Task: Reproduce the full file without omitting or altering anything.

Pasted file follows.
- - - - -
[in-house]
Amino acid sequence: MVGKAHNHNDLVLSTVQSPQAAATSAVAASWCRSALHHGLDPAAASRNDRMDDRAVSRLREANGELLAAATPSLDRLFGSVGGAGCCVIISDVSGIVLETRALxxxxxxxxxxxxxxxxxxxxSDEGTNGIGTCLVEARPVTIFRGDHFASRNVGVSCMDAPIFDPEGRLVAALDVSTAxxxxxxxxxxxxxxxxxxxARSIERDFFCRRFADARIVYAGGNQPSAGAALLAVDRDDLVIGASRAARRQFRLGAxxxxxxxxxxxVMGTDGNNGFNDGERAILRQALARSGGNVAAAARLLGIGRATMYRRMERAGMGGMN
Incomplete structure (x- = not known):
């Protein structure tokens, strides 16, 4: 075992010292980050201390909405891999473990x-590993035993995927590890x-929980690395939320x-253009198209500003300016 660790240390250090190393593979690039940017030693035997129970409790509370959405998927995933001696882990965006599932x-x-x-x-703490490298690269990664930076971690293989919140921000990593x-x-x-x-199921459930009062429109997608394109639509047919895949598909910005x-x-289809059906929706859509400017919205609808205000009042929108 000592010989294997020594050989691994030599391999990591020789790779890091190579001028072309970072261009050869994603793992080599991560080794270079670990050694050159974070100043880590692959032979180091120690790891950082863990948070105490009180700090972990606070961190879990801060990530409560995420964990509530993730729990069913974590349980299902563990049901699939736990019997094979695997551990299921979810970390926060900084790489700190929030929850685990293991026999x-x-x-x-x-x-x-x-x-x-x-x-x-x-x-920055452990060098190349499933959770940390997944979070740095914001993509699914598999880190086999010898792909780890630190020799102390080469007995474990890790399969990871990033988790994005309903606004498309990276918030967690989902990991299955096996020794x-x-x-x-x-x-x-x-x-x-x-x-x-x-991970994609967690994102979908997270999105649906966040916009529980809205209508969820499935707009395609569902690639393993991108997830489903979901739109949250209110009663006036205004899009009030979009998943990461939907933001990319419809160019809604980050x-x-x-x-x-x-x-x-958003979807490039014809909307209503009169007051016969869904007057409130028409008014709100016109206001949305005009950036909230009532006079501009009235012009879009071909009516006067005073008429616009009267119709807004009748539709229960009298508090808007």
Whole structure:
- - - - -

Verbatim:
[in-house]
Amino acid sequence: MVGKAHNHNDLVLSTVQSPQAAATSAVAASWCRSALHHGLDPAAASRNDRMDDRAVSRLREANGELLAAATPSLDRLFGSVGGAGCCVIISDVSGIVLETRALxxxxxxxxxxxxxxxxxxxxSDEGTNGIGTCLVEARPVTIFRGDHFASRNVGVSCMDAPIFDPEGRLVAALDVSTAxxxxxxxxxxxxxxxxxxxARSIERDFFCRRFADARIVYAGGNQPSAGAALLAVDRDDLVIGASRAARRQFRLGAxxxxxxxxxxxVMGTDGNNGFNDGERAILRQALARSGGNVAAAARLLGIGRATMYRRMERAGMGGMN
Incomplete structure (x- = not known):
């Protein structure tokens, strides 16, 4: 075992010292980050201390909405891999473990x-590993035993995927590890x-929980690395939320x-253009198209500003300016 660790240390250090190393593979690039940017030693035997129970409790509370959405998927995933001696882990965006599932x-x-x-x-703490490298690269990664930076971690293989919140921000990593x-x-x-x-199921459930009062429109997608394109639509047919895949598909910005x-x-289809059906929706859509400017919205609808205000009042929108 000592010989294997020594050989691994030599391999990591020789790779890091190579001028072309970072261009050869994603793992080599991560080794270079670990050694050159974070100043880590692959032979180091120690790891950082863990948070105490009180700090972990606070961190879990801060990530409560995420964990509530993730729990069913974590349980299902563990049901699939736990019997094979695997551990299921979810970390926060900084790489700190929030929850685990293991026999x-x-x-x-x-x-x-x-x-x-x-x-x-x-x-920055452990060098190349499933959770940390997944979070740095914001993509699914598999880190086999010898792909780890630190020799102390080469007995474990890790399969990871990033988790994005309903606004498309990276918030967690989902990991299955096996020794x-x-x-x-x-x-x-x-x-x-x-x-x-x-991970994609967690994102979908997270999105649906966040916009529980809205209508969820499935707009395609569902690639393993991108997830489903979901739109949250209110009663006036205004899009009030979009998943990461939907933001990319419809160019809604980050x-x-x-x-x-x-x-x-958003979807490039014809909307209503009169007051016969869904007057409130028409008014709100016109206001949305005009950036909230009532006079501009009235012009879009071909009516006067005073008429616009009267119709807004009748539709229960009298508090808007």
Whole structure: